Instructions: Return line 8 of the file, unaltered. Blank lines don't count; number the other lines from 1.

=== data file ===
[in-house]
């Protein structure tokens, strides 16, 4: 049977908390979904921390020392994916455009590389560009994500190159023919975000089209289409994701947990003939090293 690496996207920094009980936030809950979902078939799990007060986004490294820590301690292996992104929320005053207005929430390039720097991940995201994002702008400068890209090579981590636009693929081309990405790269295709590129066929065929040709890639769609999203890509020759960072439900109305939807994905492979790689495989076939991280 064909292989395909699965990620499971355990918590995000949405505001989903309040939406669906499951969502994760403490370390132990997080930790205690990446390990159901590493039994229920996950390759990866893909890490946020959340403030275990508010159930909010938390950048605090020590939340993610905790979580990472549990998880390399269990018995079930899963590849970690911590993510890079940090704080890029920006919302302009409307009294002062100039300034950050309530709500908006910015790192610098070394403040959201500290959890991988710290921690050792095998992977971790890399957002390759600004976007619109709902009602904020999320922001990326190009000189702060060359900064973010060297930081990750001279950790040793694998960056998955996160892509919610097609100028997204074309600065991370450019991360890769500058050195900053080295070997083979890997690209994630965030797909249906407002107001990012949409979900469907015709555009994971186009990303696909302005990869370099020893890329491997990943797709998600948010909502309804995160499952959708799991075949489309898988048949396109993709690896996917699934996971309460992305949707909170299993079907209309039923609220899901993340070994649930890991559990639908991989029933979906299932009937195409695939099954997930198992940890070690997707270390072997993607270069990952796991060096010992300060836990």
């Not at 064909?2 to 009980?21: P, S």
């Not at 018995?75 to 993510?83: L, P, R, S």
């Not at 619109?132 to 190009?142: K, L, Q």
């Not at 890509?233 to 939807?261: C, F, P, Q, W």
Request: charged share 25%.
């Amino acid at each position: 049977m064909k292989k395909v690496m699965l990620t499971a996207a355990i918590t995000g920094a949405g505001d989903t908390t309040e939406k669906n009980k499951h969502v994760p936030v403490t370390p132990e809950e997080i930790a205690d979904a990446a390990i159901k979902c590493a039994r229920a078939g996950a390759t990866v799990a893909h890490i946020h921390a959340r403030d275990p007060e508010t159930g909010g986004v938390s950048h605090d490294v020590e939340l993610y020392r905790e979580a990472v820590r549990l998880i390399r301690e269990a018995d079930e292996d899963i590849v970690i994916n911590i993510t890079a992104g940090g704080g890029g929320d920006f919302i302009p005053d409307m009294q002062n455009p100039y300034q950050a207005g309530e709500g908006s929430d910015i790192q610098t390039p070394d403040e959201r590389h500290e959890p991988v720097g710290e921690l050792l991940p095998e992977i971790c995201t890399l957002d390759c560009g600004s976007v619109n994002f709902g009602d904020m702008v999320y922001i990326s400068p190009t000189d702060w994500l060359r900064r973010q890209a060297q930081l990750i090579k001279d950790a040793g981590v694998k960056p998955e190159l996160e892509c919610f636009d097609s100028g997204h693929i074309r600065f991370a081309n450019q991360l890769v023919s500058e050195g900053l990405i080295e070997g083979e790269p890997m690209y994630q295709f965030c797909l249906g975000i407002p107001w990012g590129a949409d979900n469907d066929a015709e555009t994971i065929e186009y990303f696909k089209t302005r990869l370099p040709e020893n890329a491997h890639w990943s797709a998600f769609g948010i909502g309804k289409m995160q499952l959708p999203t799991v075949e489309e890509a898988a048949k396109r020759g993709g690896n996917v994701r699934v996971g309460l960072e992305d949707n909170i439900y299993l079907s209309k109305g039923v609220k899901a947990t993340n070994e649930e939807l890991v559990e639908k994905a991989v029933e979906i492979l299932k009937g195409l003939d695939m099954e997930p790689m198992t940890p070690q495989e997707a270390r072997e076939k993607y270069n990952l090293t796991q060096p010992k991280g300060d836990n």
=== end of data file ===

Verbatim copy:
């Amino acid at each position: 049977m064909k292989k395909v690496m699965l990620t499971a996207a355990i918590t995000g920094a949405g505001d989903t908390t309040e939406k669906n009980k499951h969502v994760p936030v403490t370390p132990e809950e997080i930790a205690d979904a990446a390990i159901k979902c590493a039994r229920a078939g996950a390759t990866v799990a893909h890490i946020h921390a959340r403030d275990p007060e508010t159930g909010g986004v938390s950048h605090d490294v020590e939340l993610y020392r905790e979580a990472v820590r549990l998880i390399r301690e269990a018995d079930e292996d899963i590849v970690i994916n911590i993510t890079a992104g940090g704080g890029g929320d920006f919302i302009p005053d409307m009294q002062n455009p100039y300034q950050a207005g309530e709500g908006s929430d910015i790192q610098t390039p070394d403040e959201r590389h500290e959890p991988v720097g710290e921690l050792l991940p095998e992977i971790c995201t890399l957002d390759c560009g600004s976007v619109n994002f709902g009602d904020m702008v999320y922001i990326s400068p190009t000189d702060w994500l060359r900064r973010q890209a060297q930081l990750i090579k001279d950790a040793g981590v694998k960056p998955e190159l996160e892509c919610f636009d097609s100028g997204h693929i074309r600065f991370a081309n450019q991360l890769v023919s500058e050195g900053l990405i080295e070997g083979e790269p890997m690209y994630q295709f965030c797909l249906g975000i407002p107001w990012g590129a949409d979900n469907d066929a015709e555009t994971i065929e186009y990303f696909k089209t302005r990869l370099p040709e020893n890329a491997h890639w990943s797709a998600f769609g948010i909502g309804k289409m995160q499952l959708p999203t799991v075949e489309e890509a898988a048949k396109r020759g993709g690896n996917v994701r699934v996971g309460l960072e992305d949707n909170i439900y299993l079907s209309k109305g039923v609220k899901a947990t993340n070994e649930e939807l890991v559990e639908k994905a991989v029933e979906i492979l299932k009937g195409l003939d695939m099954e997930p790689m198992t940890p070690q495989e997707a270390r072997e076939k993607y270069n990952l090293t796991q060096p010992k991280g300060d836990n």